A week later, we were jetting across the country yet again, this time to San Francisco.  We had tickets to a Morrissey show which unfortunately was cancelled due to illness.  Somehow we managed to still have a pretty good long weekend there, crossing the Golden Gate bridge on the open upper deck of a bus, seeing the Dutch Masters at the DeYoung Museum and enjoying the sea lions on Fisherman’s Wharf.  Despite making the most of it, I think we both knew we were southern Cali girls.  We heard the concert was rescheduled here for the end of May and planned to return, but when we found out the concert wouldn’t happen, we gladly redirected to LA, again.
Two weeks (and a minor surgical procedure) later, we hopped our way to Chicago, where a concert was to have taken place but was cancelled as a result of the San Francisco illness.  We decided to go anyway, as we’d never seen Chicago and were desperate to get to the Art Institute.  Graham Elliott Bistro was our splurge restaurant of this trip, and it was worth the wait.  As wonderful as the museum and the food was, the memory burned into our minds was of how gosh-darn cold it was, and we are hearty New Englanders!  So while we loved the Bean and AIofC, I think it’ll be a much warmer day before we return.
I finally got the time to catch my breath for about six weeks as I stayed home for most of April.  There was a quick day trip to NYC to see Edvard Munch’s The Scream at MOMA.  We worked in a trip to Laduree for the world’s finest macarons, and headed home, stopping in Port Chester for some of the best vegetable tempura we’ve ever had.
In May we were off to LA for a proper (ie: week-long with time to settle in and get to know the place).  We made a point to book some great meals (Gordon Ramsay’s London hotel for his famous Beef Wellington, Joe Bastianich and Mario Batali’s Osteria Mozza, Gordon Ramsay’s Fat Cow for fabulous short rib!).   We were in WeHo for cinco de mayo, which wasn’t all that exciting…probably should have gone to a Mexican neighborhood instead!  But our museum going and sightseeing was exceptional this time, given all the time we had:  Space Shuttle Endeavor, dead celebrity sightings at two cemetaries, LACMA, Griffith Observatory, Norton Simon museum in Pasadena and a day spent riding the PCH from Redondo Beach up to Malibu.  That was the day we discovered Zuma Beach, which was our grounding spot in LA thereafter.  No where did we feel as home as there, I think probably because we grew up on the Atlantic and feel the ties to the water.  But Zuma is a beach like no other, and one we’d return to again on future trips.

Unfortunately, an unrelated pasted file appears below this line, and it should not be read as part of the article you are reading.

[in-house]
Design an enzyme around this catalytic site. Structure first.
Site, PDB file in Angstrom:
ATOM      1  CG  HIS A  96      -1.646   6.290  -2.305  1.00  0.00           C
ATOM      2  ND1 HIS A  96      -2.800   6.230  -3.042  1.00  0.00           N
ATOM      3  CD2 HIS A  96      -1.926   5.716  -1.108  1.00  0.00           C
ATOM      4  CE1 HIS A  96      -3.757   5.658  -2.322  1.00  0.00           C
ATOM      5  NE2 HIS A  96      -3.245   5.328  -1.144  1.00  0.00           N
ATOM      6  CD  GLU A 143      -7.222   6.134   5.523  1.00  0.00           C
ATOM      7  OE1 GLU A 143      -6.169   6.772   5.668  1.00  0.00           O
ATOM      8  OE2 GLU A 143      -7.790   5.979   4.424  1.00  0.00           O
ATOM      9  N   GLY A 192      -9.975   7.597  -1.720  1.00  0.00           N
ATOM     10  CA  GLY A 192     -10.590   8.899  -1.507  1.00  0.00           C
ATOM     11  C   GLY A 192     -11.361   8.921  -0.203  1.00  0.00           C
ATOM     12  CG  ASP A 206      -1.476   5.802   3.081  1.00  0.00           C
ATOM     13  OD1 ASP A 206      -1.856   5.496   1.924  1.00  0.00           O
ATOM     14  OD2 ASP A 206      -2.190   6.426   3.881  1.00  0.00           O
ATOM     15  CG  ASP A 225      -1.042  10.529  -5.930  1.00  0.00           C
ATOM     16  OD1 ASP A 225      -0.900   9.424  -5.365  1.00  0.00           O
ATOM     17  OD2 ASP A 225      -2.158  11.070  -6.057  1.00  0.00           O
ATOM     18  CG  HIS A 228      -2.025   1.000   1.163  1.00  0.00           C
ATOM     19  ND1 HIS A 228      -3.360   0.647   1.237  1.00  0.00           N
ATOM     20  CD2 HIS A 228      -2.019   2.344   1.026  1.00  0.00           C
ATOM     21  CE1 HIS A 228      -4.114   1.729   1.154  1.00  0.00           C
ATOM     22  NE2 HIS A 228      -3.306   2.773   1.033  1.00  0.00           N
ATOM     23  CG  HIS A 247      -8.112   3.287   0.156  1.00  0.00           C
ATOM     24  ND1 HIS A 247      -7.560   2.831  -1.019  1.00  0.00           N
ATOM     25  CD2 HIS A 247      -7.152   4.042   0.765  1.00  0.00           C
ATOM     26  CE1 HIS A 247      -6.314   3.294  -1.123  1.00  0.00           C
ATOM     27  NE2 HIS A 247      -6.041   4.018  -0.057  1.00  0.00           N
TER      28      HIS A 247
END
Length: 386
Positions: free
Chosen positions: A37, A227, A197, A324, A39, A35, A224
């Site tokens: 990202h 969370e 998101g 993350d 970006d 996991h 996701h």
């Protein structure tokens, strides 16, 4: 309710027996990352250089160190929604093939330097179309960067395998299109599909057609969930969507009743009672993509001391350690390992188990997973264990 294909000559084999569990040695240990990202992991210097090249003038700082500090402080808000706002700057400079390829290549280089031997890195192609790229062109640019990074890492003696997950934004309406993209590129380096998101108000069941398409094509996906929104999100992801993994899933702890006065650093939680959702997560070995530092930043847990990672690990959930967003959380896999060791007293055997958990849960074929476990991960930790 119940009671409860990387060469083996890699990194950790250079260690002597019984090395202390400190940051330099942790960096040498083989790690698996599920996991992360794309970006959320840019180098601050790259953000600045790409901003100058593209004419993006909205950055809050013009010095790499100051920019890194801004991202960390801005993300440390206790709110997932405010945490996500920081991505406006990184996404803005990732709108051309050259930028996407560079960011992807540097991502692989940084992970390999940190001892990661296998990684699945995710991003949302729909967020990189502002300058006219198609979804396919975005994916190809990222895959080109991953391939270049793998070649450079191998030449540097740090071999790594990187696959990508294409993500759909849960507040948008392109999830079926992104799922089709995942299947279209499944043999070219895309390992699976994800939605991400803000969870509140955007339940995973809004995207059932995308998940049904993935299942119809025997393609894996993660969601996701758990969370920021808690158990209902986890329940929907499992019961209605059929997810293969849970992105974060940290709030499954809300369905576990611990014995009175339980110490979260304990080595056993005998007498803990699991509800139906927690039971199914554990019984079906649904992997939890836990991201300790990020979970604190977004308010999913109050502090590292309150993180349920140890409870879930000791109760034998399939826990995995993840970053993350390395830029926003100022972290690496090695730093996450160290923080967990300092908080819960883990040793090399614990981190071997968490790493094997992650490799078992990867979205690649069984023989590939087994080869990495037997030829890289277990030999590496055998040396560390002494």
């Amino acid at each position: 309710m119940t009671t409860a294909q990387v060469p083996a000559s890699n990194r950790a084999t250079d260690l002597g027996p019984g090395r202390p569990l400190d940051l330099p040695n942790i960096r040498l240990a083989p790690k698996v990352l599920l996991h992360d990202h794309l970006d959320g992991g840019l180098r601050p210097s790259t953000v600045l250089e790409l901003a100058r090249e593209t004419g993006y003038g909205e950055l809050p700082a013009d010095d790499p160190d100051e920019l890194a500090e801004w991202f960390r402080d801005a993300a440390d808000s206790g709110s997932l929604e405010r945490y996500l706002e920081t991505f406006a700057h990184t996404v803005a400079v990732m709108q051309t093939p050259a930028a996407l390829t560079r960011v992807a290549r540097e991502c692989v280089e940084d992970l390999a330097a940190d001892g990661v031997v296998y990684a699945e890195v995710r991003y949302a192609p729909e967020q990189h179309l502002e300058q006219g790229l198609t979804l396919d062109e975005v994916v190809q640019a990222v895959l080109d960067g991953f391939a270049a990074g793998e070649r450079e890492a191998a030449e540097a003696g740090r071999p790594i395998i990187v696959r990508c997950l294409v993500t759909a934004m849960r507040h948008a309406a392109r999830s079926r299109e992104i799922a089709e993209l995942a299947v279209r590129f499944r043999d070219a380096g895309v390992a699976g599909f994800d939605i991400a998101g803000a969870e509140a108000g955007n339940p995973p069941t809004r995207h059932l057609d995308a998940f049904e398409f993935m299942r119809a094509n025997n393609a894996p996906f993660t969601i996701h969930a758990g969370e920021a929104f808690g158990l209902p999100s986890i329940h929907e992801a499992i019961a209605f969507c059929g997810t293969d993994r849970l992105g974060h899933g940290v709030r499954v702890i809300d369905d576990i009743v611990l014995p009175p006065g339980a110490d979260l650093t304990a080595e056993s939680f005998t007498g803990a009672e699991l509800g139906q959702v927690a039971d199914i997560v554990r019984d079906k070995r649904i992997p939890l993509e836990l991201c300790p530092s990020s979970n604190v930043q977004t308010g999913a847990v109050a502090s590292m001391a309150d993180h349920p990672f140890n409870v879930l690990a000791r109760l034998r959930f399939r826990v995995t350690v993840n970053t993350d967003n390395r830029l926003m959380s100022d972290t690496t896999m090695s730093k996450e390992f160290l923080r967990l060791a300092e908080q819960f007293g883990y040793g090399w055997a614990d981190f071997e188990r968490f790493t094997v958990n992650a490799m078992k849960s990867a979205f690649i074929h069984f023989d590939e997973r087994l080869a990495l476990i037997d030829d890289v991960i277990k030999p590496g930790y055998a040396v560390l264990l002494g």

July found us winging our way first to DC for a day to take in the 150th retrospective on Edvard Munch at the National Gallery and the JFK Assassination exhibits at Newseum.  Then it was back down to NYC for a few exhibitions (Hopper at the Whitney) and again with the pit stop at Laduree and Port Chester for our favorite Asian stop.

September turned to October and we were back out in LA for a longer holiday still.  This time we hit other museums we’d not seen (Hammer Museum, Huntington Library) and some we’d seen before (LACMA) while also working in day trips to San Diego and Santa Barbara.  Our best meals (ever, some would say) were at Spago, where we got to meet Wolfgang Puck himself, and were treated to the most wonderful food and service I’ve ever experienced.  The next day we were at Nobu, where we had the most amazing shrimp tempura.  I mean really, this was the stuff of dreams.  Of course there is a lot to be said for lunching on a porch right over the Pacific, watching dolphins and seals and sea birds living their lives in the sun…but the food was just spectacular.  We ended our stay at Rick Bayless’ Red O restaurant, sipping $50 margaritas (and worth every penny) and having some very high end, tasty Mexican food.  We of course stopped at Zuma Beach again to say goodbye, but not for long.  We hope.
November had one more trip to NYC in store, as we went to see Johnny Marr (former Smiths bandmate of Morrissey) play at historic Webster Hall and we caught up with Vermeer’s Girl with the Pearl Earring one more time as we saw the Dutch Master’s exhibition on loan at the Frick.  We topped the weekend off with a breakfast at the delectable Norma’s at Le Parker Meridien.  I didn’t think breakfast could be so decadent, but it can…and it was.

So after a year filled like that, I’m anxious to see how, or if, 2014 can measure up.  I thank my sister, who was with me on all but the safari, for the many laughs, lessons learned and life experiences we shared over the many miles.  I hope we continue along this line in 2014!